By Tamar Fleishman
This child has a face and a name. He has a father and a mother who worry, who don’t know where Mahmud had been taken to and on what grounds. They probably wonder where he spends his days, and worse- his nights, whether he had been bitten so badly that he had become disabled (as had happened to many unlucky others), maybe he is bleeding, maybe he hurts, he might be crying, he might be asking for his mother, calling for his father, maybe he is silent, maybe it is a smothered and restrained cry as there is no one to hear and comfort him.
Indeed, It happens every day, every year, all around the West Bank, but when I went over to give thirteen year old Mahmud the photo of him that I took the last time we met, and he was not among the children who hang around the checkpoint, among the peddlers and unemployed, where he spends each day, under all types of weather, trying to earn some Shekels by selling bottles of water to the drivers. As I turned my head left and right, thinking I might see him between the long lines of vehicles at the front of the checkpoint, children and adults came to me from all directions and said: “Mahmud had been arrested… Mahmud had been arrested…”It was as though a great dark and horrendous hole had cracked open inside me.
My acquaintance with him turned the violent disappearance of the child, and that of all the other children of Qalandiya, into my personal matter.
“Two, or maybe three days ago” they said, soldiers came out of the checkpoint area, they caught Mahmud and they took him, they handcuffed him, then they dragged and beat him: “They hit him too hard” (said one man).
In an instant, this child, who, it is important to repeat, is but thirteen and is called Mahmud, he comes from a nearby town, Ar-Ram, and up to three days earlier had been a child peddler, is now, god knows where, a prisoner in the name of state security.
Being used to finding these children, where they are expected to be, at the place that the fate and their parents had destined for them, knowing their names and recognizing their faces and gestures, as had happened when I couldn’t find Mahmud that day, when I saw the boy Ibrahim imprisoned at Ofer jail, sitting handcuffed before the honorable judge Sharon Rivlin, when we witnessed the boy Nabil being handcuffed and his eyes covered – the pain and horror become personal.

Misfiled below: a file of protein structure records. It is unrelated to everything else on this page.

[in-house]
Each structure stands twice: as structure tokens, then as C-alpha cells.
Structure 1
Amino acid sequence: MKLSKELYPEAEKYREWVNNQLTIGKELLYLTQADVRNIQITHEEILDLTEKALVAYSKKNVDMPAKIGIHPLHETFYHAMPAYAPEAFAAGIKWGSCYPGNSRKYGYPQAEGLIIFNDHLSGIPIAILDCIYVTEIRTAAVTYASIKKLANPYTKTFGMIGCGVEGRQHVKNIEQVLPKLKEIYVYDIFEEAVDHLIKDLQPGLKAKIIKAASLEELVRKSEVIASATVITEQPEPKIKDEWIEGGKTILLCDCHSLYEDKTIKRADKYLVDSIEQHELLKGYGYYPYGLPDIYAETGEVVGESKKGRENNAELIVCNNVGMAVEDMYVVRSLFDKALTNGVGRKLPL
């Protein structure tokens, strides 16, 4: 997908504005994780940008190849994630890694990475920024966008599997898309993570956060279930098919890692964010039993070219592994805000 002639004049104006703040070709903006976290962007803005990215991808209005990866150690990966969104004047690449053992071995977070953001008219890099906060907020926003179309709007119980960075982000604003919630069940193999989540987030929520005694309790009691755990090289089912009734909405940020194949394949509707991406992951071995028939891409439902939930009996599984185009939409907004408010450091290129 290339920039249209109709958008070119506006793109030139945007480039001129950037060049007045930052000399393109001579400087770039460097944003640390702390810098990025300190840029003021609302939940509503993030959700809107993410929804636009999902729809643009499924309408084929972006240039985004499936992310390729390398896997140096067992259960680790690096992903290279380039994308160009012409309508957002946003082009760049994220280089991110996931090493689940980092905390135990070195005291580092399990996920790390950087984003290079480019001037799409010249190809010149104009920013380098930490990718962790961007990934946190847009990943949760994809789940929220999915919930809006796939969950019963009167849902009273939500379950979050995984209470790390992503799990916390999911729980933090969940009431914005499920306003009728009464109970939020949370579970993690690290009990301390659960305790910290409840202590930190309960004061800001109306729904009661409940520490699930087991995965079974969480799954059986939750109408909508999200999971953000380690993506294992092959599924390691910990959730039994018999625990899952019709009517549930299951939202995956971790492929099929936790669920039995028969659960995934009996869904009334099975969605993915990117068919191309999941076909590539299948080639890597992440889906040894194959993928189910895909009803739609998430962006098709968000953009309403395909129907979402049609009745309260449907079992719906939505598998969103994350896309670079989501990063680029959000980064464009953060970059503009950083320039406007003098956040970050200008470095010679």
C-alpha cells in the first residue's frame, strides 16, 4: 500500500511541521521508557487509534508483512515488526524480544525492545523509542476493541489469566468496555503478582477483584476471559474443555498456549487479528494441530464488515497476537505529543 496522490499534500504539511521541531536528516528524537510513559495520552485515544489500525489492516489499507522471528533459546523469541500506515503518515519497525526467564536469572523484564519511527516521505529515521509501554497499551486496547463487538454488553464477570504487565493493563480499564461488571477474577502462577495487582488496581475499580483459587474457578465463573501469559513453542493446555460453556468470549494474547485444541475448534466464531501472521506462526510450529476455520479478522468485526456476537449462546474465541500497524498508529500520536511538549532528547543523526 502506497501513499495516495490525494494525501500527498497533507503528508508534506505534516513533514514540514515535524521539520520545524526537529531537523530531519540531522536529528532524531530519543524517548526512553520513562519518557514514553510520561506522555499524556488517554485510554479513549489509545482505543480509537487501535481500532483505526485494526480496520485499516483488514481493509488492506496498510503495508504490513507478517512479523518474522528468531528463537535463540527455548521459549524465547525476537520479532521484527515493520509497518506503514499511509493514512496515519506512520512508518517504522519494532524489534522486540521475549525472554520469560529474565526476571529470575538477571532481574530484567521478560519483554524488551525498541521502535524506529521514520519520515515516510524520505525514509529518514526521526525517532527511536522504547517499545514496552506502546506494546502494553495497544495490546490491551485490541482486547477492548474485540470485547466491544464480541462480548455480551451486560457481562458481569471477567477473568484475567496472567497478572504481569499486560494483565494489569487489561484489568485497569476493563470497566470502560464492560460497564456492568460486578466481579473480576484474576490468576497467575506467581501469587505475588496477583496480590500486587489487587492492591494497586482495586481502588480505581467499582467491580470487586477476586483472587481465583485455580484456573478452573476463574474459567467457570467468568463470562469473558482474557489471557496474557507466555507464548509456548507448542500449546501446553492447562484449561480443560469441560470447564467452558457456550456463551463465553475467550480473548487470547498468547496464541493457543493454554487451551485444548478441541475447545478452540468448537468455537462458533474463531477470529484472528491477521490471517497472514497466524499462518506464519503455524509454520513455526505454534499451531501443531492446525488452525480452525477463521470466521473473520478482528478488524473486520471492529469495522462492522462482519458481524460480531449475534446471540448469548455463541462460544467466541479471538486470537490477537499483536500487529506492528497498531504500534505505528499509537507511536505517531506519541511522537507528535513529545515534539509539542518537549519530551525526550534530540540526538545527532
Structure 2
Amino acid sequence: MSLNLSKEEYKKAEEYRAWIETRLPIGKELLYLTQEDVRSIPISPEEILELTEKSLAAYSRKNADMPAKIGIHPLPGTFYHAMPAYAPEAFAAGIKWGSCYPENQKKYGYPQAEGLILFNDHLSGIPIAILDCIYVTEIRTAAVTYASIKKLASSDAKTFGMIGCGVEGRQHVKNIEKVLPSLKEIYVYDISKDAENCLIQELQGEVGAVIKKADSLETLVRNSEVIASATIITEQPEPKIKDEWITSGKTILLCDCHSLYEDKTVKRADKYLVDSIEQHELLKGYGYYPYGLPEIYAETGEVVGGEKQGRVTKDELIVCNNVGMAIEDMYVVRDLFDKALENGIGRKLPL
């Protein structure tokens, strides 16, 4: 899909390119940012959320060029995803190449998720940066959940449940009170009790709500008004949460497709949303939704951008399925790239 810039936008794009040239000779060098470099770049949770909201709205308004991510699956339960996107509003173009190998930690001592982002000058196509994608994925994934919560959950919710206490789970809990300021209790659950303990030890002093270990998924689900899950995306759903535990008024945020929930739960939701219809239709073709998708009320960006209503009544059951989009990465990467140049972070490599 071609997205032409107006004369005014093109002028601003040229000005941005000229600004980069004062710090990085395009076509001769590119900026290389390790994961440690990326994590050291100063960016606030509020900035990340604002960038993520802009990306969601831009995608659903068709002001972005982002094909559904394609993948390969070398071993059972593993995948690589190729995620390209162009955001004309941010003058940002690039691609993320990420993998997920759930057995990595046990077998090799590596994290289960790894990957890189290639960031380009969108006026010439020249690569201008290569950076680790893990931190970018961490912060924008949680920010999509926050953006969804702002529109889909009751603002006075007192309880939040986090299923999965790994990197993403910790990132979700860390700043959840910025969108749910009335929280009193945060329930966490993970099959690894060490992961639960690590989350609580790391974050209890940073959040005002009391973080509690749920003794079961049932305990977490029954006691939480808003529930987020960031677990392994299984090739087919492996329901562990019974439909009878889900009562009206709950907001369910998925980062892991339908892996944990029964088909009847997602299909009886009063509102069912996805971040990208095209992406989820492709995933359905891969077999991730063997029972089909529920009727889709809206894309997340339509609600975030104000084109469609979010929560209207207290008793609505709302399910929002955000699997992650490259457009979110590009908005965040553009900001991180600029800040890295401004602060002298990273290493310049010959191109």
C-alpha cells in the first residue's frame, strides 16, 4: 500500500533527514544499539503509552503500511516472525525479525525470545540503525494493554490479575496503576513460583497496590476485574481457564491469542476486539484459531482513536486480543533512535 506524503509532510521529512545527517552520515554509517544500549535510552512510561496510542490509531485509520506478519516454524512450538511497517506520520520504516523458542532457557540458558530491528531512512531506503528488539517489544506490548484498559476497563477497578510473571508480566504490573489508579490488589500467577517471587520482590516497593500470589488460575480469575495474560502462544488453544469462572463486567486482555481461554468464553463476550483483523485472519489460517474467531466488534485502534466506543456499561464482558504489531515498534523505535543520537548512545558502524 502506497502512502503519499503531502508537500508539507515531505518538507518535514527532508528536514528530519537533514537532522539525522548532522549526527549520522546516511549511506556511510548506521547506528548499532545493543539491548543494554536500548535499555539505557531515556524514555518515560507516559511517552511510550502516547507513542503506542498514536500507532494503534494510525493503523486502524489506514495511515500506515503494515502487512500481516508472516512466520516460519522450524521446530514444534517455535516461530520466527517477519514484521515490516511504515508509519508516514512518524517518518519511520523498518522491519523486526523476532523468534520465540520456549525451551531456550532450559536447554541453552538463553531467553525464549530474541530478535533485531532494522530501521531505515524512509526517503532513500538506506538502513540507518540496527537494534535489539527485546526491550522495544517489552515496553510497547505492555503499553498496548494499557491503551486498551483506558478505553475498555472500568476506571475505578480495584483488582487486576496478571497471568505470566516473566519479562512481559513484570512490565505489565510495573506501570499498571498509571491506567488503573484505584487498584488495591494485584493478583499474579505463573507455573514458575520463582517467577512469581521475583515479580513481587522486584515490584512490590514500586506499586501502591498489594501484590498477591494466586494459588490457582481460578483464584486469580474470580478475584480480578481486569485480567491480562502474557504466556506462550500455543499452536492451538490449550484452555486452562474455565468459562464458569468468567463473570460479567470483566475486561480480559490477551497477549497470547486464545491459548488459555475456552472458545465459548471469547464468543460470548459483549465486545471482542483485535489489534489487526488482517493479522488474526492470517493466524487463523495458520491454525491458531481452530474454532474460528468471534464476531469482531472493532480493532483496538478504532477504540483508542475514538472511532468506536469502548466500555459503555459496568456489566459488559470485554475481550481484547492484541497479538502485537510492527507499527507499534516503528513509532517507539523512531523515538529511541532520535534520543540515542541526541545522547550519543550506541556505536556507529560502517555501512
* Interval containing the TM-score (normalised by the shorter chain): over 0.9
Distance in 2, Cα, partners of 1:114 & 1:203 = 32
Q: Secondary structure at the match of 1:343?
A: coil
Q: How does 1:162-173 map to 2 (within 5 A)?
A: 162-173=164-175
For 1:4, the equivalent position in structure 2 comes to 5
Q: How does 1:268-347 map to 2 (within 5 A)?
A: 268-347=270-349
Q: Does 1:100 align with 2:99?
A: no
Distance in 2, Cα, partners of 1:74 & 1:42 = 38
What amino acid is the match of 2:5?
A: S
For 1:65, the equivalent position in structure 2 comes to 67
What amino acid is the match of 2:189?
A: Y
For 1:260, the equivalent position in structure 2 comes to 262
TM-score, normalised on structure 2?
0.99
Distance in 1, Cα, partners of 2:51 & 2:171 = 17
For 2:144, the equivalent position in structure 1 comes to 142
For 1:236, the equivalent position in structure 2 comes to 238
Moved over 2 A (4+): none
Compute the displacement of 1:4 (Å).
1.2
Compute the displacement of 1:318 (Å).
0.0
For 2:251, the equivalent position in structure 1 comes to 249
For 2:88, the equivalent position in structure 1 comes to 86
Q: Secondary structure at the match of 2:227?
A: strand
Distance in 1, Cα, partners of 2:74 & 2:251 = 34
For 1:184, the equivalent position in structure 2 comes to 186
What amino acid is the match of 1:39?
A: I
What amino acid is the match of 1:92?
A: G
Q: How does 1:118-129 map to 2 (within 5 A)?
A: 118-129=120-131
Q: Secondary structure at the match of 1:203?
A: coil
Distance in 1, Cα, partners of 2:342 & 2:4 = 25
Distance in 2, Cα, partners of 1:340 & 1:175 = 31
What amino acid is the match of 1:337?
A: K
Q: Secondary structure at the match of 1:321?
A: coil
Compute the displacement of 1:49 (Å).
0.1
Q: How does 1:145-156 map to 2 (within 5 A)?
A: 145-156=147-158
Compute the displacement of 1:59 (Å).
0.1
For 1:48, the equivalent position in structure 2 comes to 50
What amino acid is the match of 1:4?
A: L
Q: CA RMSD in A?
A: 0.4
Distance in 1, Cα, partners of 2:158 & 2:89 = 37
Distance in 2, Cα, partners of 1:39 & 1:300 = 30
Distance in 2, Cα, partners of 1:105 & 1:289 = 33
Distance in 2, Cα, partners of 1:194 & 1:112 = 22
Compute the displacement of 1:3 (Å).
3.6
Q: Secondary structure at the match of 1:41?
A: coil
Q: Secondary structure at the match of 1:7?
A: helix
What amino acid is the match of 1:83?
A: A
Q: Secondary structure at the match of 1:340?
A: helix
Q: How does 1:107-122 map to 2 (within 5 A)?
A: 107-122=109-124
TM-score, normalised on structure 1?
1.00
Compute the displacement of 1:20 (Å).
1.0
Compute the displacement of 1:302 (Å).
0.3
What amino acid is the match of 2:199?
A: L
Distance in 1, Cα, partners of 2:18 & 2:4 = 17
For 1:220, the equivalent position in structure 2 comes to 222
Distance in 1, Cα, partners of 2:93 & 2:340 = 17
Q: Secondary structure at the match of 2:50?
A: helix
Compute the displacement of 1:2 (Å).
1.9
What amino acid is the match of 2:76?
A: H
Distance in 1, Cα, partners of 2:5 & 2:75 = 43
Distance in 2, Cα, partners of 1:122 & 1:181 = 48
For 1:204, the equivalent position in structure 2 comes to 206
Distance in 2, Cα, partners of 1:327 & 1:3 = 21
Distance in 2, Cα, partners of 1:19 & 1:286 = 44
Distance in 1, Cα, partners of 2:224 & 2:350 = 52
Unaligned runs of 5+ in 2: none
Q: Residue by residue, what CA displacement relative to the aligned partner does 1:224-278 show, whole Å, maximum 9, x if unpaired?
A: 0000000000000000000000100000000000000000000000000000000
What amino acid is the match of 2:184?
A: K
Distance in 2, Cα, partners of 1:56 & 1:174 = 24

Knowing that Mahmud, Ibrahim and Nabil are no exception, that Qalandiya is no exception, one can find no comfort. The mundane reality of the imprisonment and disappearance of these children from our sight is both a direct and indirect threat. Each and every day it threatens them, but it also threatens those attempting to come near, to be fond of and even try to bring some tenderness, a glimpse of a smile and a bit of satisfaction to the rough lives of those lost and hopeless souls. It is a kind of friendship that manifests itself every week at the same day on the same hour. Even if it is for only a few minutes, this friendship comes with responsibilities, in the spirit of the words of the fox, the Little Prince’s friend (A. de Saint-Exupéry), seeds of fear and pain are embedded in the pleasantness of friendship.
(Translated by Ruth Fleishman.)
– As a member of Machsomwatch, once a week Tamar Fleishman heads out to document the checkpoints between Jerusalem and Ramallah. This documentation (reports, photos and videos) can be found on the organization’s site: www.machsomwatch.org. She is also a member of the Coalition of Women for Peace and volunteer in Breaking the Silence. She contributed this article to PalestineChronicle.com.